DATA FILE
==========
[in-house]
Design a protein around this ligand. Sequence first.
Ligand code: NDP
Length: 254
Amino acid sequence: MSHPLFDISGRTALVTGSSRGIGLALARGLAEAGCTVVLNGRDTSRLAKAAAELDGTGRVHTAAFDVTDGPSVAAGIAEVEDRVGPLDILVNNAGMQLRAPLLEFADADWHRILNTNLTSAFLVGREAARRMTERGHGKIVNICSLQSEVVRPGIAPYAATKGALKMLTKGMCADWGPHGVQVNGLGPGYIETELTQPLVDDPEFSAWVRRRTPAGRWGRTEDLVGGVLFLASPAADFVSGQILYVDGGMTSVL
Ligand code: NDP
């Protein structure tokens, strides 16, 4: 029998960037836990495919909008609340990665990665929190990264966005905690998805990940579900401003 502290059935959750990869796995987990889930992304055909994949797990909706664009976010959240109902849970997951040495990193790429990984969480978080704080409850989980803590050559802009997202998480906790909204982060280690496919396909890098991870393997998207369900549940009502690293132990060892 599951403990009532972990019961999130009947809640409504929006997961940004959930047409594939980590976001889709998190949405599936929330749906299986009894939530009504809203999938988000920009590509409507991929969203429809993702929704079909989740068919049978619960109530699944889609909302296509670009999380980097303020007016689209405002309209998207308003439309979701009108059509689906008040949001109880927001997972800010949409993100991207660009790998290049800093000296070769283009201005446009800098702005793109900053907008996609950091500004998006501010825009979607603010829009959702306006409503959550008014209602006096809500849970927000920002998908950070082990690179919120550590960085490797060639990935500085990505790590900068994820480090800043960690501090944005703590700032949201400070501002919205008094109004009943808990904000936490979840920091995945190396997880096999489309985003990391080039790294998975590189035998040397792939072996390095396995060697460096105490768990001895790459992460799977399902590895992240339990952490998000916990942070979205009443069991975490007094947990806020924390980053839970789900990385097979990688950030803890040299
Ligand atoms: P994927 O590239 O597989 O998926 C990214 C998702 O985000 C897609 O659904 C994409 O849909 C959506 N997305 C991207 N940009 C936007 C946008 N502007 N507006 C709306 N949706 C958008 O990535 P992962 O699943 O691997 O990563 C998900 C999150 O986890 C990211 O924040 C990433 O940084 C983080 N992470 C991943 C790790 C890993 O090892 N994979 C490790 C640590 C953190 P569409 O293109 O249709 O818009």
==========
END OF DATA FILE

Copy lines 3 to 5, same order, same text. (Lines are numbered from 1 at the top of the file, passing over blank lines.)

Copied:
Ligand code: NDP
Length: 254
Amino acid sequence: MSHPLFDISGRTALVTGSSRGIGLALARGLAEAGCTVVLNGRDTSRLAKAAAELDGTGRVHTAAFDVTDGPSVAAGIAEVEDRVGPLDILVNNAGMQLRAPLLEFADADWHRILNTNLTSAFLVGREAARRMTERGHGKIVNICSLQSEVVRPGIAPYAATKGALKMLTKGMCADWGPHGVQVNGLGPGYIETELTQPLVDDPEFSAWVRRRTPAGRWGRTEDLVGGVLFLASPAADFVSGQILYVDGGMTSVL